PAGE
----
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Why Conical Pots? An Examination of the Relationship among Vessel Shape, Subsistence, and Mobility

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Please use this identifier to cite or link to this item: http://hdl.handle.net/1928/10861

Why Conical Pots? An Examination of the Relationship among Vessel Shape, Subsistence, and Mobility

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Title: Why Conical Pots? An Examination of the Relationship among Vessel Shape, Subsistence, and Mobility
Author: Helton-Croll, Claire K.
Advisor(s): Crown, Patricia
Committee Member(s): Boone, James
Towner, Ronald
Blinman, Eric
Department: University of New Mexico. Dept. of Anthropology
Subject(s): Southwest Archaeology
Ceramics
Expermental Archaeology
prehistoric cooking vessels
LC Subject(s): Navajo pottery
Pueblo pottery
Pottery craft--Social aspects--Southwest, New
Southwest, New--Antiquities
Degree Level: Doctoral
Abstract: This study examines the functional relationship between ceramic cooking vessel shape and subsistence and mobility using vessels from Navajo and Towa-speaking Puebloan groups from the Protohistoric period (A.D. 1450-1700) in the southwestern United States. Conical shape vessels are found in association with mobile foragers throughout the past. Navajo peoples produced Dinetah and Navajo Gray wares, both of which have conical bases. Towa-speaking Puebloan peoples from the Jemez and Pecos areas produced rounded-base cooking vessels. The Navajo and Towa-speaking Puebloans practice different subsistence and mobility strategies. The primary goal of this research was to determine if variation in cooking vessel form was the result of this cultural variation. This research employed reviews of available ethnohistorical and archaeological data, analysis of archaeological specimens, and experimental testing of reproductions. Ethnohistorical and archaeological data provide evidence for variation in types of food resources exploited, food preparation techniques, and mobility strategies. The seasonally mobile early Navajo depended heavily on wild plant resources and supplemented their diet with agricultural resources. The Towa-speaking Puebloan groups were primarily reliant on agricultural resources and occupied large year-round settlements with seasonal dispersal of a portion of the population to attend to agricultural fields. Analysis of archaeological specimens, using both whole vessels and sherds, showed substantive variation between the cooking vessels of the two groups that can potentially relate to transportability, thermal stress resistance, and thermal efficiency. Experimental testing of reproductions based on archaeological whole vessels also provided evidence for differences in strength, thermal stress resistance, and thermal efficiency. Results suggest that variation in cooking vessel form is more strongly related to variation in diet and cooking strategies than to mobility. Additional research is needed to further elucidate the cultural relationships examined here.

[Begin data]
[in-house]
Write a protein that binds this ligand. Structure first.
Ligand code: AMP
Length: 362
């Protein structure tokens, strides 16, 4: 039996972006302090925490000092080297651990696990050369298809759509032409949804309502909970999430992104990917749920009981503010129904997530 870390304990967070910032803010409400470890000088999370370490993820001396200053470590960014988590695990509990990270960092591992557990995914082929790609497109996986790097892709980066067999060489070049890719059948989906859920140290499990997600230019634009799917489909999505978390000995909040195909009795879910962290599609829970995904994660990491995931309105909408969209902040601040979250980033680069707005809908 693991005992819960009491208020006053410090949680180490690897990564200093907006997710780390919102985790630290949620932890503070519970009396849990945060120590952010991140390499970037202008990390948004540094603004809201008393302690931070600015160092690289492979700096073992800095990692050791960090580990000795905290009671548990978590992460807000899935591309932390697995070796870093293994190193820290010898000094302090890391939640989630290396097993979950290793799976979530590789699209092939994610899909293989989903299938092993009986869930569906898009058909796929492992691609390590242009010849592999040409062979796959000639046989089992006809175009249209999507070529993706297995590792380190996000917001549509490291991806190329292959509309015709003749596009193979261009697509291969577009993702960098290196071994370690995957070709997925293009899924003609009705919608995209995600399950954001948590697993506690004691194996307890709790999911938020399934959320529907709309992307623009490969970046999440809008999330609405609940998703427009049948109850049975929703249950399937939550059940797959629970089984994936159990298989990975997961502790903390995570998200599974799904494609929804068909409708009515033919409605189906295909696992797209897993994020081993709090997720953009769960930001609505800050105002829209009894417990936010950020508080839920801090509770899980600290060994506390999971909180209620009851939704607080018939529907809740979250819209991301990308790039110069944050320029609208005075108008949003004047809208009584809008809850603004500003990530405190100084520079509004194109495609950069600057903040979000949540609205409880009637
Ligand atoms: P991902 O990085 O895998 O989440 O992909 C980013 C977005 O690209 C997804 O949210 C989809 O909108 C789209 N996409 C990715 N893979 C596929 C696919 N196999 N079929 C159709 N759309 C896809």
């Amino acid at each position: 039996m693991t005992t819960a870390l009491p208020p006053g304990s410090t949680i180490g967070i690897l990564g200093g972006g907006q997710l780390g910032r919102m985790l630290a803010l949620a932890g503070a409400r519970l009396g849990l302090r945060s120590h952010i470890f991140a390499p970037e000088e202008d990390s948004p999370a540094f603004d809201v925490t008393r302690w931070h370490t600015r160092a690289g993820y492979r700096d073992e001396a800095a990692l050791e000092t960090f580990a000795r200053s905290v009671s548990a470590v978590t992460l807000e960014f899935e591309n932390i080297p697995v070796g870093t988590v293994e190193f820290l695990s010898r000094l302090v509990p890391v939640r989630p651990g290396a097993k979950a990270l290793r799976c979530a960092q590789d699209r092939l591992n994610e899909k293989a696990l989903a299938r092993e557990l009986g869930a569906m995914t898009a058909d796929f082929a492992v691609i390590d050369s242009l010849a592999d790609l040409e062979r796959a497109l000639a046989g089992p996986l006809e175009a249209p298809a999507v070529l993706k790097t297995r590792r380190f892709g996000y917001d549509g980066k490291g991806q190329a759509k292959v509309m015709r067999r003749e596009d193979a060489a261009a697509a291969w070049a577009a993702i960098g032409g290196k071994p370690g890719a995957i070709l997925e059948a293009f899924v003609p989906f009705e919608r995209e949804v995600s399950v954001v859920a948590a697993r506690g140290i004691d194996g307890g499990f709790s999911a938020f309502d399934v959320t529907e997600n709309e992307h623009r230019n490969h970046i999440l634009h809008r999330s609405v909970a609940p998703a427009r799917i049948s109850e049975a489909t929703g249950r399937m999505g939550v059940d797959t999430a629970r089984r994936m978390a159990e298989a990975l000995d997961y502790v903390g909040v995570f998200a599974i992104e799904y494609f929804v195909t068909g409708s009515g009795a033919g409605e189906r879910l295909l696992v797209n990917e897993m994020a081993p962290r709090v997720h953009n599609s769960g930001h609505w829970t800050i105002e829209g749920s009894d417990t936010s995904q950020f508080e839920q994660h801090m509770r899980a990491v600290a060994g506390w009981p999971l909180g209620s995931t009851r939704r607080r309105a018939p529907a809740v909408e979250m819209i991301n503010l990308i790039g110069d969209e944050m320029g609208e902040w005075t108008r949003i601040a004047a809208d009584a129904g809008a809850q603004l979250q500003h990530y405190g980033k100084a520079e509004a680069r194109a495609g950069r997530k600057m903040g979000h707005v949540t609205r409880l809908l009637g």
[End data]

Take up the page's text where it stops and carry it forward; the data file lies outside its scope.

Graduation Date: May 2010
URI: http://hdl.handle.net/1928/10861

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